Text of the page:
DJ Eric San, aka “Kid Koala,” stresses the importance of DIY style in producing his latest album, 12 bit Blues.
“It’s kind of like if you’re a chef and you’re growing your own vegetables,” says the Canadian beat chopper and ‘turntablist’ of his latest project.
While Kid Koala constructed the album almost entirely from samples, it sounds incredibly cohesive. Besides sourcing old blues recordings, Kid Koala has been making good use of his vinyl cutter: recording sounds, pressing them, and squeezing them into the limited memory of his beloved SP-1200 sampler—a relic of hip-hop’s golden age. He appreciates the “human groove” that the machine is able to reproduce, even if that kind of groove was traditionally used for old-school beats of artists like Public Enemy and Cypress Hill.
“When I finally got my hands on one in the studio, the interface was very fluid and natural,” he says. “But instead of using this kind of iconic hip-hop machine to make a hip-hop record, I decided to make a blues record.”
San’s homemade mentality permeates almost every aspect of his work—from the build-your-own cardboard turntable that is packaged with the 12 bit Blues CD, to his insistence on mixing everything live with no safety net.
“I like the feeling of balancing the shows on three needles,” he says, a strategy that is intended to keep both the audience and him on their toes. On his Vinyl Vaudeville Tour, which stops in Montreal this Thursday, he comes armed with three turntables and a mixer, as well as a host of other “sideshows” that include giant cardboard gramophones, a popcorn popper, a magnetic dartboard, dancing girls, and puppets. New ideas for segments of the show come to Kid Koala after every city, or even during a concert.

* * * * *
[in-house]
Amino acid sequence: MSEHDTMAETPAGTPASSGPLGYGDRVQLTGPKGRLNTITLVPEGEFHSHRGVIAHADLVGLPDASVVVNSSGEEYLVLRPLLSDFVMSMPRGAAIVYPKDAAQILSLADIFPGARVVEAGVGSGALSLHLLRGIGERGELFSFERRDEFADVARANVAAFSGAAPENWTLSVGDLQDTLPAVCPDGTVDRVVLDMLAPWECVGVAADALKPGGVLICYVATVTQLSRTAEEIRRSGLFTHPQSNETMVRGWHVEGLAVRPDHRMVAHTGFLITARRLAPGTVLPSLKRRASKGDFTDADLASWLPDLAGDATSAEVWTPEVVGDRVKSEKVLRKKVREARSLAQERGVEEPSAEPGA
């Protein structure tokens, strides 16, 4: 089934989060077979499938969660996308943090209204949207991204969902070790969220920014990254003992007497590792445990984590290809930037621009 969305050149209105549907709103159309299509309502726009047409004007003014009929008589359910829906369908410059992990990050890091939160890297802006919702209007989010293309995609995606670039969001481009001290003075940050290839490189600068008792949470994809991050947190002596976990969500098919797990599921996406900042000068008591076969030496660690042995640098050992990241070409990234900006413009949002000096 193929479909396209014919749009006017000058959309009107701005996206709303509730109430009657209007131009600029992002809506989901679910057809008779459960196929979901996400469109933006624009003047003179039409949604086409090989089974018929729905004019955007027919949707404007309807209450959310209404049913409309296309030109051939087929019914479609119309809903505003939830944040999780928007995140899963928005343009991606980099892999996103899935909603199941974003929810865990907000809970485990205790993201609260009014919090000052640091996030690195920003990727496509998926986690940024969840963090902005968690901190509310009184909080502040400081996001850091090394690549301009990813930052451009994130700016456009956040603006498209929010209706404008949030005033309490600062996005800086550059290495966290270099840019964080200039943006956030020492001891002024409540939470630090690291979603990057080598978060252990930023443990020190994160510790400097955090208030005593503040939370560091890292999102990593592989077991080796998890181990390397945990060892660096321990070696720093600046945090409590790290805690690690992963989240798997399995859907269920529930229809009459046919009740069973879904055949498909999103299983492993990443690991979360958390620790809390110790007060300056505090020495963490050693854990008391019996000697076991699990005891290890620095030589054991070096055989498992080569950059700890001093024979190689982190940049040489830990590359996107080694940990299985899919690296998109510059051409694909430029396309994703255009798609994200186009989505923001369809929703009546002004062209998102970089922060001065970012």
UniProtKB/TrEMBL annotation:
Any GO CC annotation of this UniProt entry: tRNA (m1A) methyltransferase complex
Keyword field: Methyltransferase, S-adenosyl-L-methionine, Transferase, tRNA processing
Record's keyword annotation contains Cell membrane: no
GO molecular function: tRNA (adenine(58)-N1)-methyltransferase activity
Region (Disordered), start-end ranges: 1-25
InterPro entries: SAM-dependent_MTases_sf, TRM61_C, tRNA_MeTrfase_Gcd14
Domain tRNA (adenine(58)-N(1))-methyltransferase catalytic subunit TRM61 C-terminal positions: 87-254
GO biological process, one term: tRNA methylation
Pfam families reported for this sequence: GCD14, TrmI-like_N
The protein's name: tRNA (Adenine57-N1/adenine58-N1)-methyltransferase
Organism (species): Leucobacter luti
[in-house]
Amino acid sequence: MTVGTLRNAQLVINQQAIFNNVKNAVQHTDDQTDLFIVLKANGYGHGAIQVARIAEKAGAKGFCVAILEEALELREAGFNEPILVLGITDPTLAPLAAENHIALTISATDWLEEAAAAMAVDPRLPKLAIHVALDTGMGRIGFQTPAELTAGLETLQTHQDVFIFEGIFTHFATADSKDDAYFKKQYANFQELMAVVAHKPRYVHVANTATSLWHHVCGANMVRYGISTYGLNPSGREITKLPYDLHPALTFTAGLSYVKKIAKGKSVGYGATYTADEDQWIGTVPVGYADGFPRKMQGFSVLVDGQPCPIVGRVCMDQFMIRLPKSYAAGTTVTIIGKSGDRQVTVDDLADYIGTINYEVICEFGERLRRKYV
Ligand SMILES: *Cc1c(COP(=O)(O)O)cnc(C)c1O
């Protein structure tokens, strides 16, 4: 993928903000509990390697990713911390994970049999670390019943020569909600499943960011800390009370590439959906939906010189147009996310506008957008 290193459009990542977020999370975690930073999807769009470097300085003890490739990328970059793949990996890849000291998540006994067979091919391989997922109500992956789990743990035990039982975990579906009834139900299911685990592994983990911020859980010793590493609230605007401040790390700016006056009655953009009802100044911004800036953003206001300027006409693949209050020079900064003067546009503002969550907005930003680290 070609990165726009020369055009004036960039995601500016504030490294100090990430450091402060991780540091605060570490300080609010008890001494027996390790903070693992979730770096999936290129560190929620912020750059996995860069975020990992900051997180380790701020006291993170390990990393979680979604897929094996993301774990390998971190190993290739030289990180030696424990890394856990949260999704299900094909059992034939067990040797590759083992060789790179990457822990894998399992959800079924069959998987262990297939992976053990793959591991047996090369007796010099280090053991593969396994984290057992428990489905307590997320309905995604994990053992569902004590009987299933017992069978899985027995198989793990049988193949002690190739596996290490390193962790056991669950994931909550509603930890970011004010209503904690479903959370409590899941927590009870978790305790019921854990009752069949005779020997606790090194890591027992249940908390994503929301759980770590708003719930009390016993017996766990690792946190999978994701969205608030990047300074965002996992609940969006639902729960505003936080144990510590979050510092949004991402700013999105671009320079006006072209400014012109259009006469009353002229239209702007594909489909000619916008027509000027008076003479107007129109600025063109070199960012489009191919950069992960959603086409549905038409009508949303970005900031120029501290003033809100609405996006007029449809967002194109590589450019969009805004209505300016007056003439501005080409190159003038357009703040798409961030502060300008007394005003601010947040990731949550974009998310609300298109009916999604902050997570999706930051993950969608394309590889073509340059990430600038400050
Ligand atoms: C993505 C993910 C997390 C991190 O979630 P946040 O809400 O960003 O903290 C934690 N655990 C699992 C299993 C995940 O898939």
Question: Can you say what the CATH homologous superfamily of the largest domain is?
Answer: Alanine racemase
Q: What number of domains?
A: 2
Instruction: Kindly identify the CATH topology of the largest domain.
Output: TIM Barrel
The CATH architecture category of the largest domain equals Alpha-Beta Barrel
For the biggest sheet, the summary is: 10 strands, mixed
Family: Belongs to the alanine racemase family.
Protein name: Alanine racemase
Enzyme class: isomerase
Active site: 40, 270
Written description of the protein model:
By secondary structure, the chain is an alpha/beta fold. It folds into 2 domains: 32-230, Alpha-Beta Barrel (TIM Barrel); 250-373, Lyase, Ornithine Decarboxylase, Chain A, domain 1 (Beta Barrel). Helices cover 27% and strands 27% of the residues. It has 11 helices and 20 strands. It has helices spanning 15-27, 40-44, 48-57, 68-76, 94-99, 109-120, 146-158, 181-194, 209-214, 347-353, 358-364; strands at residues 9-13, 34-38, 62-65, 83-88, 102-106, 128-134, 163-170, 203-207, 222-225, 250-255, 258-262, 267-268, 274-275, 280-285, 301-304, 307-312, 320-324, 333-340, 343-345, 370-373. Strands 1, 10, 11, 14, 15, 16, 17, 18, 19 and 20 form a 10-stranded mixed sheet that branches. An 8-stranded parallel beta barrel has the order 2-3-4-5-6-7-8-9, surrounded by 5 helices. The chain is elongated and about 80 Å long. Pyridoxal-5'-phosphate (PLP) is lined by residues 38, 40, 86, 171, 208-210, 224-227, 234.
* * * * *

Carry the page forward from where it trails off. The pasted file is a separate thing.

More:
“It starts in one place, and then with every subsequent song there’s this different act, and we have to kind of transform what’s happening on stage every time, and it keeps getting bigger and weirder,” San says.
The ‘old-school spectacle’ is aimed at both turntable heads and people who might not have a preconceived notion of what a ‘turntablist’ does, especially in a modern era of DJs using digital tools. Projectors aimed at Kid Koala will highlight his scratching talent while other segments interact with the live music, including vaudeville dancers that swing to the slow, bluesy tunes. Since the music on 12 bit Blues naturally has a slow tempo and a 6/8 swing, which isn’t exactly conducive to a big, lively concert, Kid Koala wanted to include something that would add to the energy of the show.
The new tour and album will, perhaps, quell the appetite of chef Koala’s fans, who have been eagerly anticipating rapper Del the Funkee Homosapien’s Deltron Event II—a sequel to the classic Deltron 3030, on which Kid Koala was a collaborator. The album has been in the works for 10 years, plagued by delays and missed release dates, but San says that he’s “been listening to it for a month now,” and that it will be released by EMI this spring, adding that “It does laps around the first record, for sure.” Hip-hop heads in LA got to see an exclusive preview of Event II when the Vinyl Vaudeville tour kicked off with special guest producer Dan the Automator earlier this month, but no such thing is planned for later dates. Nevertheless, Kid Koala has something special up his sleeve for the stop in his native Montreal, which he didn’t want to give away. Whatever it is, seeing a true vinyl master loop and sample blues live should in itself be worth the price of admission.
The Vinyl Vaudeville Tour comes to Montreal Nov. 19th at Corona Theatre (2490 Notre-Dame West). Admission is $31.